Francie: That’s a turning point.
Evan: It was an enormous turning point for me. Julius was perfect for The Bar. The first assignment that he gave me was to take a mass by Palestrina. This is pre-Bach. It was written in what was called movable C clef. It’s different than the G clef and the F clef. You would place this thing that looks like the letter B; and you would place that center point into the two curves of the B at the place that you want to call the note C. It’s basically a viola clef. So the Palestrina masses were written in movable C clef. Julius’ first assignment for me was to take a Palestrina mass written in movable C clef. To rewrite it in G and F clef, or treble and bass clef, using a dipped pen and ink, which is a nightmare (laughter).
First of all I’m left-handed. So you get two systems down the page and you realize that the ink hasn’t dried and you have a quarter note printed on the side of your hands which you have printed all along the page. So you start again, a measure at a time and you wait, and move on, and you wait. Finally you get three quarters of the way down the page and the nib of the pen jumps and the ink splatters all over the page. I’m not even talking about a fountain pen. I’m talking about a quill.
Francie: That’s cruel!
Evan: I tell you, my charts to this day look kind of beautiful, all because of Julius. His point was that your charts should be beautiful, not only because they just should be beautiful. How nice that they are beautiful, instead of this confusing mess. But also, when you put the attention into writing these things down instead of just scribbling along, when a musician picks it up, it’s like ‘Oh I can read that without any question.’ So Julius used to hang out at The Bar. Julius is gone now, also from HIV I believe, although Julius was homeless finally. I think that he was dead for a while before people caught on that he had died. I don’t know. That’s kind of a mystery to me. Well, I left the neighborhood.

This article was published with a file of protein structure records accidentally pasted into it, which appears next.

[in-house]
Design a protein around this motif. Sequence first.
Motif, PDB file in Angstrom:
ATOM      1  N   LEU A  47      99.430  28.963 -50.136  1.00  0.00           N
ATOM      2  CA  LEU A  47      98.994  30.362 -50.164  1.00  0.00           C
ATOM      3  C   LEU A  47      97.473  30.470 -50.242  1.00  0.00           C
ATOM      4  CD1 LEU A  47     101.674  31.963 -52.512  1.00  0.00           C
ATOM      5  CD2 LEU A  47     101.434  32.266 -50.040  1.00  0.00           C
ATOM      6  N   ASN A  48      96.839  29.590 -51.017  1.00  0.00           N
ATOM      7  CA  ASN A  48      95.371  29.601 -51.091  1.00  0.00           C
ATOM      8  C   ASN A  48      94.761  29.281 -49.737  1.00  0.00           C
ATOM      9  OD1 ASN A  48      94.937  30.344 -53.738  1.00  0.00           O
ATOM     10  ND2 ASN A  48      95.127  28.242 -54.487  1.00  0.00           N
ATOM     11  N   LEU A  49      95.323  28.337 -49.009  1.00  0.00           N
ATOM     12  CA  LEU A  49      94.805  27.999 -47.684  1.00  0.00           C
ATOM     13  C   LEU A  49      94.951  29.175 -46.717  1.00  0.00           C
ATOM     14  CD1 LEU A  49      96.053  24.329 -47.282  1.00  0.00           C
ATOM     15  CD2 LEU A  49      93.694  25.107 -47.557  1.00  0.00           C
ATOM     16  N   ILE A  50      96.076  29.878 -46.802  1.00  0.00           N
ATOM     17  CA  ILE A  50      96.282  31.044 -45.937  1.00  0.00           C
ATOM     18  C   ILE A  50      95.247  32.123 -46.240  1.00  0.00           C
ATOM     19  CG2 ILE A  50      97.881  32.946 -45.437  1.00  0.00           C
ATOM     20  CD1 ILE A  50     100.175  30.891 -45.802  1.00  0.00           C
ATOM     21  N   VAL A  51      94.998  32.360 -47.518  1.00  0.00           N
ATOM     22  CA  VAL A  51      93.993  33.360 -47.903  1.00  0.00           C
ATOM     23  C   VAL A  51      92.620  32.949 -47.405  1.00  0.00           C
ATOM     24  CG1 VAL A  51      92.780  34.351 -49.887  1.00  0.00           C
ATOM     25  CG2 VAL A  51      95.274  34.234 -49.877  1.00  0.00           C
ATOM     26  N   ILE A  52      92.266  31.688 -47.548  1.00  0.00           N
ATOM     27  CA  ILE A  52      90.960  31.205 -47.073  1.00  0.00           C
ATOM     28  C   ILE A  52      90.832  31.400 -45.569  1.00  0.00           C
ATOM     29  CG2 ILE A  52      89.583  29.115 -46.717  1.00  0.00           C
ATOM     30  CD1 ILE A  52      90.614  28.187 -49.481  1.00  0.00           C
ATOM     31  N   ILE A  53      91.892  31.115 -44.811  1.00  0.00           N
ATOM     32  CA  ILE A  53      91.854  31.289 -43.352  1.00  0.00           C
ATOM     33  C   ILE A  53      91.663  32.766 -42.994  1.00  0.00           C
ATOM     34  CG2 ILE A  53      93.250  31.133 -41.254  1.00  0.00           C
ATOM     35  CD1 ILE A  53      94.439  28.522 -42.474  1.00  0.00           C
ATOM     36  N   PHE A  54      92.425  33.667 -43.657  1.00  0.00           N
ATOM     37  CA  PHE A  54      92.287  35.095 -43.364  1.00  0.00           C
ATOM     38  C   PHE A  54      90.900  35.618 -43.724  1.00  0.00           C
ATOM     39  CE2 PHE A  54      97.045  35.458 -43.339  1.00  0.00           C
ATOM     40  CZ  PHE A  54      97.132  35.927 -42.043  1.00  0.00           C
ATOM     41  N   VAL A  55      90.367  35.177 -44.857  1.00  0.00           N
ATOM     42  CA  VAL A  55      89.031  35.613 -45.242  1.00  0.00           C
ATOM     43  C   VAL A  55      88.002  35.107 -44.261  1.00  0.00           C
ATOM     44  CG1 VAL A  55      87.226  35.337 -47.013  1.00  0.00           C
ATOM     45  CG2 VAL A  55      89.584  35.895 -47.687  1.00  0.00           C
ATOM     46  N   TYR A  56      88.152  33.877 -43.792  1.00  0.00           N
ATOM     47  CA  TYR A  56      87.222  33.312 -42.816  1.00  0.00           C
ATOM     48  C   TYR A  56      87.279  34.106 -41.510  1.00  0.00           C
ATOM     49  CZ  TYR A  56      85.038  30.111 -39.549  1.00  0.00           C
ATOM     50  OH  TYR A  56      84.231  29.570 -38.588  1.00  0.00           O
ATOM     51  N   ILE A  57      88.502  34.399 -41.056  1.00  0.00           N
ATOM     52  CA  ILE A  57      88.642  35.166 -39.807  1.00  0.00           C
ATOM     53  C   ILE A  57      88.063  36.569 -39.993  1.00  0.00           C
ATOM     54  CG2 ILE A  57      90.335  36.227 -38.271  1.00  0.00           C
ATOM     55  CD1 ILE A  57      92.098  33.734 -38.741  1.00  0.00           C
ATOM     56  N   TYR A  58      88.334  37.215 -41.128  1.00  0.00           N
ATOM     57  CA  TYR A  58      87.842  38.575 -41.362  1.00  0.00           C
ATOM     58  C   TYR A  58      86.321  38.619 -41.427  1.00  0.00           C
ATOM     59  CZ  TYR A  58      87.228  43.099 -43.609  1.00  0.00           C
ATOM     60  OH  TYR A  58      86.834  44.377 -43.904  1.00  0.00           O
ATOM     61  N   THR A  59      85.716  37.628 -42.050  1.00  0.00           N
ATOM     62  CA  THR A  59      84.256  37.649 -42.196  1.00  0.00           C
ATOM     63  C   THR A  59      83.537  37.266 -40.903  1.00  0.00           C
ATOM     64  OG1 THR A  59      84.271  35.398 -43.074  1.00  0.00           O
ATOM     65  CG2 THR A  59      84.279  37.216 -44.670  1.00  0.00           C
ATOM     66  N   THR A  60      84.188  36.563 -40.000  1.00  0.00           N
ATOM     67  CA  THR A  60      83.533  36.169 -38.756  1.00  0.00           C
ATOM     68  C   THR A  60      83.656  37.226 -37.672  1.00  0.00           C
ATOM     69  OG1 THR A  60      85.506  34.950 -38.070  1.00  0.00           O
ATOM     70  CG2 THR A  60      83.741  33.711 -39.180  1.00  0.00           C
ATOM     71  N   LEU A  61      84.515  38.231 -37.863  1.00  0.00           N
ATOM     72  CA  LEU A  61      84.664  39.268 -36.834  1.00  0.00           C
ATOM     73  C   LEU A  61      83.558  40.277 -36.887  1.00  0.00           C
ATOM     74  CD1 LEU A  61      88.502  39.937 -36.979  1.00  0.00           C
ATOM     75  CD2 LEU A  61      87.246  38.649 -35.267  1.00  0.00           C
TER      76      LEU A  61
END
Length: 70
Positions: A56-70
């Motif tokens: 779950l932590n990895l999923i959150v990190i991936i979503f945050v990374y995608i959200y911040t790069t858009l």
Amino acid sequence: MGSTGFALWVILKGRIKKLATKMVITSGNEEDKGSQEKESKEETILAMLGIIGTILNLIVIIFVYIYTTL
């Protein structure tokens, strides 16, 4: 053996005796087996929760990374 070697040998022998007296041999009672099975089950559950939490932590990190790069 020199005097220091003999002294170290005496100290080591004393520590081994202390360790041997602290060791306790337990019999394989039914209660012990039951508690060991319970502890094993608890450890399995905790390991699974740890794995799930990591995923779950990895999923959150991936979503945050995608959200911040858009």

Yes. It had this enormous effect on my work, because I felt like I had found myself in a community of like-minded people, also because of influence, specific influence from some of those people. Unfortunately, I don’t feel that it ever really got to come to fruition.
Evan: That community, because of HIV. I feel that it was one of the defining things in my life–that this community did not develop, that it was chopped off. We were talking about people who got married. Imagine that you’re unsure of your sexuality (especially if you are a churchgoer) and then suddenly there is this horrible disease: ‘Well, I think I’ll just put a little more concrete on top of that!’
Francie: That’s right. Find a nice girl who’s going to stay at home.
Evan: Have sex once. Have a kid. ‘I’ll jerk off after that.’ So once all that concrete gets blown off… Party!
Francie: And some people have broken out of that.
Evan: Some people, yes.
Anything else you want to ask?
Francie: Yes, I want you to talk more about this concept of how it got cut off, that community. Just expand on it a little; because I think it’s a really important point.
Evan: All right, so I’d been with Harvey. I met someone else. I left Harvey. Jim and I got together and I went, ‘Okay, we are now a couple!’ We hung out at a different bar. I’m no longer someone who goes out every night. I go out before dinner and have a cocktail. I don’t go out after dinner and party. I think it was like, ‘Alright, let’s retreat into couplehood and try to ignore the plague.’ That really is my feeling. I wasn’t aware that I was doing it at the time. But I look back at it now and that’s what I feel that I did. Then Jim and I even moved out of the neighborhood. We looked for a place to buy. I didn’t want to be in any of the neighborhoods. I didn’t want to be in the West Village or the East Village or the Upper West side. So I ended up on 30th St. and Lexington, which is kind of nowhere. It’s not Murray Hill. It’s not Gramercy.